GPL Licensing Question

There is something I am not entirely clear about.

If you have a library published under GPL 2 and include it in your new program, can you publish the new application with GPL 3 or it falls in the category of modified code thus it needs to be published under GPL 2 also?

edit: iirc if you don't directly link to it you can get away with using it anyway (e.g. using dlopen/dlsym)

1 Like

As swick said it depends on how you use the library also its its GPLv2 or GPLv2 or later.
Libraries (i think) would normally be LGPL which allows linking and using a different license, qt for example is GPLv3/LGPL GTK+ is LGPL, which allows them to be used in any other application as a library.

Well I have the Misty algorithm which is published under GPL 2 (not 2 or greater). It is included into an otherwise original code. So in what you are describing the new program should be published with GPL 2 as GPL3 is incompatible? Correct?

Got a link?

OK. So the author is currently breaking the GPL license. he has used imdcode.c which is GPLv3 and incompatible with the misty code he is using licensed under GPLv2, but thats up to them to fix, i doubt anyone has even noticed till now. You could always ask them to re-license it all in GPLv3

As for MISTY. You could write it yourself, its not very big the algorithm is here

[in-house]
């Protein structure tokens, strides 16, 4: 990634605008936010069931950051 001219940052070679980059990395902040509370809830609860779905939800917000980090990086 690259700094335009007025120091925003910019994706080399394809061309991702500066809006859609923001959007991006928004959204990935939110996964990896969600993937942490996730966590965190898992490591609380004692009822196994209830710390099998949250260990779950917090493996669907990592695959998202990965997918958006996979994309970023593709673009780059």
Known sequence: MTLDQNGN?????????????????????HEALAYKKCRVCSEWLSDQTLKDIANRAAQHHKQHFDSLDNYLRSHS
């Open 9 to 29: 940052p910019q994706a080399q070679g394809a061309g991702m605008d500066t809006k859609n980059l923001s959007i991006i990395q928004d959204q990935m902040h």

The question to ask (which I have the suspicious feeling the author of the code you linked to hasn't considered) is that MISTY may or may not be allowed to be used in commercial software as it does or did carry patents which may or may not still be enforced.

Its fine I have control over it, by the authors consent as he asked for advice. The original author of Misty from 98 I cannot find but I will have the others publish everything with the GPLv2. The code is not commercial but academic. The company is a non-profit University spin-off thus it should not be a problem.

Oh and of course thanks for the advice guys.

The original author isn't a problem as it was originally a spec as published in RFC. Unless of course the code for misty was taken from a sample code the original authors made and not created from scratch, in which case the misty GPLv2 takes priority unless you can find all original authors of the code to have it re-licensed.

For your purposes I imagine GPLv2 is perfectly fine.